Kirriemuir can to feature in Canadian heritage museum

Old tin of apples The tin will now be sent to Canada where it will go on display

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A 120-year-old can found in a Kirriemuir house is to become the key piece of a museum collection in Canada.

The brightly labelled tin, which contained apples in their own juice, was produced by Bowlby Bros & Co in Waterford, Ontario in the late 1800s.

However, the town's Waterford Heritage & Agricultural Museum, have no cans with the existing labels on them.

The find has now been gifted to the museum by the Kirriemuir Heritage Trust.

The old tin was found in a house in the Angus town during some renovation work, among boxes of old glass photographic negatives.

David Orr from the Kirriemuir Heritage Trust said that they originally thought the images would prove the most interesting of the items.

Unique can

Mr Orr said that the tin's importance became quickly obvious when he contacted the curator of the Waterford Heritage & Agricultural Museum, Milissa Collver.

Always read the label?

Bowlby Bros & Co. Waterford Ont.

3lb tin can

"This can contains lead alloy and is soldered on the outside.

"It contains standard apples in quarters put up in their own juice, packed with care from choice winter apples"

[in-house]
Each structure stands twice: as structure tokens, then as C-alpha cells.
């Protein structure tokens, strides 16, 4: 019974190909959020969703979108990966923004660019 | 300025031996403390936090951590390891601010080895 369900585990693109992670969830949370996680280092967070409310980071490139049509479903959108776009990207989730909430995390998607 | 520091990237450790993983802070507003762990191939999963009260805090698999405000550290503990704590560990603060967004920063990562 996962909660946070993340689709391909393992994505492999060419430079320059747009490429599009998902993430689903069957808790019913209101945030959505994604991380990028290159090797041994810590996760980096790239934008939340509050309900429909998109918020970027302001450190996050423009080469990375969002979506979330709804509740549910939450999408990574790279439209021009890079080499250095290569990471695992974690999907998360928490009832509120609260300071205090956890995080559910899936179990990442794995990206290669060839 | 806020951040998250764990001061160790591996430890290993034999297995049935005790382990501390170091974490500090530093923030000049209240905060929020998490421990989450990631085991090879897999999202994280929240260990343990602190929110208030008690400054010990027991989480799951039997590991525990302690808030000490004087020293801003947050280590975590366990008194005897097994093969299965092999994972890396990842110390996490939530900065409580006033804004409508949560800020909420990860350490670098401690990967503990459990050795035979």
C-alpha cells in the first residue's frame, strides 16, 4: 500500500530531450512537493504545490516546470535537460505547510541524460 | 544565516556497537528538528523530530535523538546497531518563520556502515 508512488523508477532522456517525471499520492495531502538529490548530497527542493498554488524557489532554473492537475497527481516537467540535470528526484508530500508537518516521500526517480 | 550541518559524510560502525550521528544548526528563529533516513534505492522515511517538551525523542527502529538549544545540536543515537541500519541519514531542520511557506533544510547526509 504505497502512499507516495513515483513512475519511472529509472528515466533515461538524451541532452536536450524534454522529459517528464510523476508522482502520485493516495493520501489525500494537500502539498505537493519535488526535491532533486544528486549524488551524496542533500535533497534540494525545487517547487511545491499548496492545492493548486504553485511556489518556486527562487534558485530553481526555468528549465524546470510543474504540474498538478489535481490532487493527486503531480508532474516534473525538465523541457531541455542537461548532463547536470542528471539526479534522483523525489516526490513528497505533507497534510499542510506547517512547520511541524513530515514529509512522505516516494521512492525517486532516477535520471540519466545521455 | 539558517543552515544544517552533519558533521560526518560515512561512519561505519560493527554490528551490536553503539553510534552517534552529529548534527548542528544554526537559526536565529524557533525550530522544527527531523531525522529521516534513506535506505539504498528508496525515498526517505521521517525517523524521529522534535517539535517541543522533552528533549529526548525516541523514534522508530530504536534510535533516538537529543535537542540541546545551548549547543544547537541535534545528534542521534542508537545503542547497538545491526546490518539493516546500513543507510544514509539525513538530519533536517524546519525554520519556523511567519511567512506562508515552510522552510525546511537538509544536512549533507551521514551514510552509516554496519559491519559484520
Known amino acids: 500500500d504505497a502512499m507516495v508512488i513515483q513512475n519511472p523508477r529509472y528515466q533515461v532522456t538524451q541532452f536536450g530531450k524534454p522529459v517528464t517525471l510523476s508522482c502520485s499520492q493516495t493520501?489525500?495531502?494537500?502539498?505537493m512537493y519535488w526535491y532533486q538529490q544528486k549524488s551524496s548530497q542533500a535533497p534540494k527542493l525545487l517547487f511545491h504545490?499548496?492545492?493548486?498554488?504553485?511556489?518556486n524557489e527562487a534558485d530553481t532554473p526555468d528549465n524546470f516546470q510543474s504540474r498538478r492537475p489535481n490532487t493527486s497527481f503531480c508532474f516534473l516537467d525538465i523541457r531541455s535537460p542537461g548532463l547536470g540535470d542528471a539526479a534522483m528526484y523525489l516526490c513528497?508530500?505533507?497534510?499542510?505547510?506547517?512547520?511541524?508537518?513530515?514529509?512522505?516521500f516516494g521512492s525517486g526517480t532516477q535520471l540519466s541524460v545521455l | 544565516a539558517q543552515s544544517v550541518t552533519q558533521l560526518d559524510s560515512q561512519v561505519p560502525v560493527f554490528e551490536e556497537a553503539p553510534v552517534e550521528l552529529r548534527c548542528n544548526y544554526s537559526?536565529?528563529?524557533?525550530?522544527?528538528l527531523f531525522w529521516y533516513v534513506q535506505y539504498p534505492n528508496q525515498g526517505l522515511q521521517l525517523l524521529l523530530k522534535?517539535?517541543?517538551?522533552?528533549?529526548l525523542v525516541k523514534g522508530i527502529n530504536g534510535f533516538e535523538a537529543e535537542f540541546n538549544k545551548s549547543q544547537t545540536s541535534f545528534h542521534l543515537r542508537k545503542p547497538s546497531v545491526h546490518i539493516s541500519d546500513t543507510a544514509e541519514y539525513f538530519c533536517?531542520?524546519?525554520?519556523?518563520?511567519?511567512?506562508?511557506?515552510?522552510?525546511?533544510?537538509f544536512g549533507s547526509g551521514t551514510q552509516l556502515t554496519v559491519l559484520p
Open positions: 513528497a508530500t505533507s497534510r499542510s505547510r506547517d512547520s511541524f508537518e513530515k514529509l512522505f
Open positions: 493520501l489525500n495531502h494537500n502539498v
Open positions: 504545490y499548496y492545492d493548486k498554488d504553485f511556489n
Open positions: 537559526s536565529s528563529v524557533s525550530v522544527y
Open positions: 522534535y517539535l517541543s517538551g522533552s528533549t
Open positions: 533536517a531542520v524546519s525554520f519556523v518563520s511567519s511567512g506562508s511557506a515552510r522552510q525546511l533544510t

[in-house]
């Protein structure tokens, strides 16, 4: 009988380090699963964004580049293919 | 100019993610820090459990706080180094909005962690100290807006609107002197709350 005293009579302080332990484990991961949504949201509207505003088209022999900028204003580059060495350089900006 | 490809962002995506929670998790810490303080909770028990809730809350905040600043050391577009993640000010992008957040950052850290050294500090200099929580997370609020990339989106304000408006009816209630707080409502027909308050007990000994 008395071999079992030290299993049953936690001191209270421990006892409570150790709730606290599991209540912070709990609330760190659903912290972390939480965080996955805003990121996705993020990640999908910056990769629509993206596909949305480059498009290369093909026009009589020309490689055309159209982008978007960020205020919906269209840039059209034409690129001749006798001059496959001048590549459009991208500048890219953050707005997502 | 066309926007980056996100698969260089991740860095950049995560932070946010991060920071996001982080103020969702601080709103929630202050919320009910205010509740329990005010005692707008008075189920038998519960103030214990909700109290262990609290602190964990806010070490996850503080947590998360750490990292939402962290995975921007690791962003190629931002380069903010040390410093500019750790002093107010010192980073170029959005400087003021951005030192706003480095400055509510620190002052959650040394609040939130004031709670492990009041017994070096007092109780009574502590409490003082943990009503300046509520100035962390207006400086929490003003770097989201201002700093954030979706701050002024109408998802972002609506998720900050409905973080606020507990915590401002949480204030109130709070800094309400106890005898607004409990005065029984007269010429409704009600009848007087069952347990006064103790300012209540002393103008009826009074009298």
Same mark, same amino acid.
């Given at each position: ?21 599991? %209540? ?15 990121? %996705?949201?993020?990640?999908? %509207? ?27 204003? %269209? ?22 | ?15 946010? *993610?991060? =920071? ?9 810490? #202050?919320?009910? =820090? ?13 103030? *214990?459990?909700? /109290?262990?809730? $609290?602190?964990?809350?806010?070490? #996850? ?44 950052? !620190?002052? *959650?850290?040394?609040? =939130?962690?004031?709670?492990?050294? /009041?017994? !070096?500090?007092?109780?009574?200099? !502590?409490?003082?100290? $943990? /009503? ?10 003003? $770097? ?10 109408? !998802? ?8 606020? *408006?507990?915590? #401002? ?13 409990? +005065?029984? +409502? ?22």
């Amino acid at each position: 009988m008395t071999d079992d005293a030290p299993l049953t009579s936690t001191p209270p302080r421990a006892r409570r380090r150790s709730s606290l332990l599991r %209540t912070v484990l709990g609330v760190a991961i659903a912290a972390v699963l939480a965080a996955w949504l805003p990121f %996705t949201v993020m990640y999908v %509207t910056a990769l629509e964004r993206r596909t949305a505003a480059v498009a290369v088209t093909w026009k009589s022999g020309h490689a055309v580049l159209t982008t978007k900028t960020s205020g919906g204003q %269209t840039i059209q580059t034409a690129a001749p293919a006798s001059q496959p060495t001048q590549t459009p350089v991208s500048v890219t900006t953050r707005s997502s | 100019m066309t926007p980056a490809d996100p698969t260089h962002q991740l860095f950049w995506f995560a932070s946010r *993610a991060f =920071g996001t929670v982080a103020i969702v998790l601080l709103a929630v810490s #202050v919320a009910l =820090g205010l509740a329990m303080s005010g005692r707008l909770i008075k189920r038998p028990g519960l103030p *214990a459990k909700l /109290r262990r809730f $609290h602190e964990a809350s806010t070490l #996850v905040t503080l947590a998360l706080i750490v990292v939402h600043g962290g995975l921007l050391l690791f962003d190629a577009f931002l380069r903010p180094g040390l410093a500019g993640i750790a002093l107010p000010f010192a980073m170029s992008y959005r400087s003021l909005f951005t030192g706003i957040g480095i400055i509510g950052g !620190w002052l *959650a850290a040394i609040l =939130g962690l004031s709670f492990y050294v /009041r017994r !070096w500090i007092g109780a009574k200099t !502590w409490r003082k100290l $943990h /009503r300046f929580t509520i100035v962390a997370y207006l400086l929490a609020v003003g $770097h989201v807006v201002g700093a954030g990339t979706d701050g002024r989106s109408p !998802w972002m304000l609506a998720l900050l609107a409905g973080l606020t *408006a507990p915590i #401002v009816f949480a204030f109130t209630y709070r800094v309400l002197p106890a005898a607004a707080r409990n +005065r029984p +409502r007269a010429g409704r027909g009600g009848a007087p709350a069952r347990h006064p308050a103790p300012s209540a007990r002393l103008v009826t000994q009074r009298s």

He said: "It was odd that they were interested in a old can, quite bizarre."

Ms Collver told him that the museum had been created inside the old cannery buildings, but despite its relation to the old Bowlby Bros & Co factory, they did not possess any cans with contemporary labels on them.

She said: "We were aware that product from Bowlby's was shipped to Scotland.

"Waterford Heritage & Agricultural Museum doesn't have an original can with a label on it so we are very pleased to know that there is at least one still in existence.

"Of course, we prefer to think of it as a Canadian treasure rather than Canadian rubbish."

Mr Orr said the Waterford Heritage & Agricultural Museum had asked if the Kirriemuir Heritage Trust would loan them the can for a few months, but he felt he had a better solution.

"My intention is to post it across to Waterford. It will be the main feature of their main exhibit that they already have on the canning factory."

He added: "It should have been thrown away 100 years ago, but by a strange quirk of fate it has survived."

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